Sombre stuff (if you’re English!), and perhaps we’re not quite there yet. But Davies’ sketch of Britain’s future unravelling does bring home how even a No vote will not be the end of the matter – and how the biggest threat to the United Kingdom is not Scottish or Welsh separatism, but English centralism.

“Legitimacy” and wealth

Hugh Dancy, Gwendolen Harleth and Hugh Bonneville in the BBC adaptaion of Daniel DerondaAs we saw in my previous post, a key theme in both Jane Austen’s novels and George Eliot’s Daniel Deronda is that of the entail: the requirement that entailed real property pass down the male line, even if that leaves widows and female descendants unprovided-for.

The “male line” means, of course, the legitimate male line. In Daniel Deronda, Deronda himself suspects (at least earlier in his life) that he is the illegitimate son of Sir Hugo Mallinger – a position from which he is unable to supplant Henleigh Mallinger Grandcourt as heir to the Mallinger estates.

Attitudes towards illegitimacy have, of course, transformed over the past century or so – to the extent that even the word “illegitimacy” has fallen almost completely from use. Usually this is presented as a change in moral attitudes: depending on their point of view, some will hail this as a sign that we have become more liberal and enlightened, while others will decry it as a descent into moral anarchy.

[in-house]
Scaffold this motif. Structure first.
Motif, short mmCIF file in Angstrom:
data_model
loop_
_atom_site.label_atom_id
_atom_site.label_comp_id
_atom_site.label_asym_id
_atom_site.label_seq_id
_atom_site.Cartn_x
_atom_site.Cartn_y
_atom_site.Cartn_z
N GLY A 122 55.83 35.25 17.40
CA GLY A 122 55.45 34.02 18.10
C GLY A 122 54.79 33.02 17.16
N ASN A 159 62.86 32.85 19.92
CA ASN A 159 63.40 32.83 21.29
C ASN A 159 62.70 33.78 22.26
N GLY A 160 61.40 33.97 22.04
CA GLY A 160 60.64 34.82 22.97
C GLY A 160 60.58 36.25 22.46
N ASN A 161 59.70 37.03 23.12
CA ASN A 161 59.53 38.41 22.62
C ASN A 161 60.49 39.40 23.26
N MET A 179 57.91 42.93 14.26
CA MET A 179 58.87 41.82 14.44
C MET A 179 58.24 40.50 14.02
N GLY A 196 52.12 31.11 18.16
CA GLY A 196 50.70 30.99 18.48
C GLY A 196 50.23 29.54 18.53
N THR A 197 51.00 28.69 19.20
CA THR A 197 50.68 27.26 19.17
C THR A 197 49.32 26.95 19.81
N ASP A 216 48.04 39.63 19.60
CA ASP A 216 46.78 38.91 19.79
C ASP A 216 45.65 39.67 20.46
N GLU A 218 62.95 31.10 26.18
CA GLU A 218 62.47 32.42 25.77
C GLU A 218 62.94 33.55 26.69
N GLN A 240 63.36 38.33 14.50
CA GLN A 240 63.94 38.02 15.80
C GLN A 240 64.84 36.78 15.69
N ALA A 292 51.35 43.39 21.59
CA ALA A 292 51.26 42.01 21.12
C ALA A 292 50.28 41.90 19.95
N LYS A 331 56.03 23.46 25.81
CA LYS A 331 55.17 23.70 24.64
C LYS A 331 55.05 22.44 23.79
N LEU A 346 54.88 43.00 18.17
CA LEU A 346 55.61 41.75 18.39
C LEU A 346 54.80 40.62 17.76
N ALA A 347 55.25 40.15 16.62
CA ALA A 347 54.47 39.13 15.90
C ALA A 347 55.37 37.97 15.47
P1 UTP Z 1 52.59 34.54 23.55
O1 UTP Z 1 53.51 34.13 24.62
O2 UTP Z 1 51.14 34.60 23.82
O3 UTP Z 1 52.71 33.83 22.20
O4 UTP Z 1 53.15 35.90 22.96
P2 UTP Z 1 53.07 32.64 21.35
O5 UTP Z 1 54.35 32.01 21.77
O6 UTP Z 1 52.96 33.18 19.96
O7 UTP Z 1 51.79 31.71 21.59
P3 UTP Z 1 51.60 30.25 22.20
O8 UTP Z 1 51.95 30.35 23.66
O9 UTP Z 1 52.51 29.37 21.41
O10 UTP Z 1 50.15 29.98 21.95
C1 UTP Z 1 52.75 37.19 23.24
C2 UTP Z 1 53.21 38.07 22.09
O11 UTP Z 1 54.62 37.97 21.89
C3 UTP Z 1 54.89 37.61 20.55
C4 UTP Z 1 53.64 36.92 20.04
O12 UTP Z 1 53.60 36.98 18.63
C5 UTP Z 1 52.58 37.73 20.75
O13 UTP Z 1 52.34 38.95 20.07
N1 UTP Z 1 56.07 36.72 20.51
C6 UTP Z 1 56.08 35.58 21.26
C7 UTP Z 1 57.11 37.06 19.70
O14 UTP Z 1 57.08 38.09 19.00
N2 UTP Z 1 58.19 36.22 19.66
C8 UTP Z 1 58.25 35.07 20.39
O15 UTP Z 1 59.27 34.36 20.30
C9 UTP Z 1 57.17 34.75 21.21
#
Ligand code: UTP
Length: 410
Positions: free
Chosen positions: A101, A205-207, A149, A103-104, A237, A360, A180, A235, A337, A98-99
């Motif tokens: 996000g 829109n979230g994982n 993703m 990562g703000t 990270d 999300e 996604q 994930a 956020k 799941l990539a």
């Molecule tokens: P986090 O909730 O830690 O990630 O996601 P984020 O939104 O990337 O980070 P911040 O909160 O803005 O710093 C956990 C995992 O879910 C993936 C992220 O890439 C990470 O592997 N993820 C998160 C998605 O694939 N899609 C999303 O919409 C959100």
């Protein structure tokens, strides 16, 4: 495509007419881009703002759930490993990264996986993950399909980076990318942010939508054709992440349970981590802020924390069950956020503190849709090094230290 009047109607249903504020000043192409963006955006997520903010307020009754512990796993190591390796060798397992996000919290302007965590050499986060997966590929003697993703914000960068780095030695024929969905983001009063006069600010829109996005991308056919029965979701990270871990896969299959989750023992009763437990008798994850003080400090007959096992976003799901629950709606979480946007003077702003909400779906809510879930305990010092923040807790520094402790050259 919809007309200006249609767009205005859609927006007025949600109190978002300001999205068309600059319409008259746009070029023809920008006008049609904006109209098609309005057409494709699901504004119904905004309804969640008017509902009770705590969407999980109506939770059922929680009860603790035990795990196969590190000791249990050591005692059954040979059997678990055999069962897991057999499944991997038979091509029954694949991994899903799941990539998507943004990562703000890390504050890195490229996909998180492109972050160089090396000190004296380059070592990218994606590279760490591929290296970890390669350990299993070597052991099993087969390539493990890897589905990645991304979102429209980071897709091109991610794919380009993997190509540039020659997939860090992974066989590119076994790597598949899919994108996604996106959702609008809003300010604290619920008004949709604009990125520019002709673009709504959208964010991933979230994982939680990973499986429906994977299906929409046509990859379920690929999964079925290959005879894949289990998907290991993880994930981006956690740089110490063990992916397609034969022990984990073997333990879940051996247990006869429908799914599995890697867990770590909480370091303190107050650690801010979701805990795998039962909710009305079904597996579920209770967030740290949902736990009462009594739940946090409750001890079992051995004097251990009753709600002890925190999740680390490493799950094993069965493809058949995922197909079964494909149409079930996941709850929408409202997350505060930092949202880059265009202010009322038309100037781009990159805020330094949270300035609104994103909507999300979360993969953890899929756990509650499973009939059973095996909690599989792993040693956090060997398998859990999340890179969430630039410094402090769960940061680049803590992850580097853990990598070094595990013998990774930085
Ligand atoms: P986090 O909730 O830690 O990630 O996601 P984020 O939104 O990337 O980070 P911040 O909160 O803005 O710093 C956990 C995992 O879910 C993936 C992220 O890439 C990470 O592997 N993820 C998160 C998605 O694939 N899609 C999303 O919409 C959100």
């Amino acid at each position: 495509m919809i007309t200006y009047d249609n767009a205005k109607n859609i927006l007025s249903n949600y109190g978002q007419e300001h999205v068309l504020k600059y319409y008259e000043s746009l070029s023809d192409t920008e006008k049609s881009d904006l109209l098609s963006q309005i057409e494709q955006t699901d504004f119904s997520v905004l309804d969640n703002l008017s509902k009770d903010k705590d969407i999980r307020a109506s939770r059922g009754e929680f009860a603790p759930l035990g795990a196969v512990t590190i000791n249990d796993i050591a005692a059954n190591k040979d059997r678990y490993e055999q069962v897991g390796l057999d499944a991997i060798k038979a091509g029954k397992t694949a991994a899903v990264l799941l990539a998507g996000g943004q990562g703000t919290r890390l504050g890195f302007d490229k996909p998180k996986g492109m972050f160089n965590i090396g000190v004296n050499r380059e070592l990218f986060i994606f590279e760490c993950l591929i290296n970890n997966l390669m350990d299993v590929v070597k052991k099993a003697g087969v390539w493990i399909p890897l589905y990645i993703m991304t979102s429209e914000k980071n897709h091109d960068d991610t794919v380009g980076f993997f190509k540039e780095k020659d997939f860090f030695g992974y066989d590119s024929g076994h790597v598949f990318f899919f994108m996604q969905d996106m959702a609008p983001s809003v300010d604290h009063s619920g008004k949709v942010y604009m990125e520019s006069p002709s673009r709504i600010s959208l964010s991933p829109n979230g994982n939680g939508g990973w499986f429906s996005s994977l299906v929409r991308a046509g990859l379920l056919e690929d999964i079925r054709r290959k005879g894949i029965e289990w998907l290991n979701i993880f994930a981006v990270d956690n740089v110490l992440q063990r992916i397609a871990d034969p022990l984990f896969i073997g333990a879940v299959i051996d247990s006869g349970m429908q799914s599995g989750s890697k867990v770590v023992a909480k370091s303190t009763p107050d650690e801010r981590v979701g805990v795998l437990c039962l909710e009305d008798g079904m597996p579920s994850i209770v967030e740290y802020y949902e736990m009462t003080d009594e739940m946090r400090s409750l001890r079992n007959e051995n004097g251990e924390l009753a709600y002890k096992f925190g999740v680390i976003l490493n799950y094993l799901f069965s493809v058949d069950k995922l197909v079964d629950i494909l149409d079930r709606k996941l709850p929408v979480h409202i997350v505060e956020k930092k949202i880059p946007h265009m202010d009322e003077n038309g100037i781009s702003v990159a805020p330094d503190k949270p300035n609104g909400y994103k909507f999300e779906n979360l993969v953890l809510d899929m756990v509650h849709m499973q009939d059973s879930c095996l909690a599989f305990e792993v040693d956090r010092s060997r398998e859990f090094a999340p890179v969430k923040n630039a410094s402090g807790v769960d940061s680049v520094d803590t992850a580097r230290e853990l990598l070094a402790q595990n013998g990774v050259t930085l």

However, “illegitimacy” was (as the word itself demonstrates) a legal category, and it was a series of changes in the law that largely emptied it of meaning. The Legitimacy Act 1926 allowed for children born out of wedlock to be “legitimised” if the parents subsequently married one another; the Family Law Reform Act 1969 allowed “illegitimate” children to inherit property on the death of an intestate parent. As a result, almost all the former legal impediments of “illegitimacy” have been swept aside. (Succession to hereditary titles, including the monarchy, continues to apply only to children born within wedlock.)

Why did these changes occur? I don’t think it is any coincidence that the 1926 Legitimacy Act was passed in the year after the “fee tail” was abolished in English law. Underlying (and preceding) the changes in both law and public attitudes is a change in the nature and distribution of wealth.

As we saw in my previous post, wealth at the beginning of the 19th century remained largely a matter of agricultural land, owned by the hereditary upper class. It had been that way for centuries, and the entail was an intrinsic part of the resulting system of land ownership.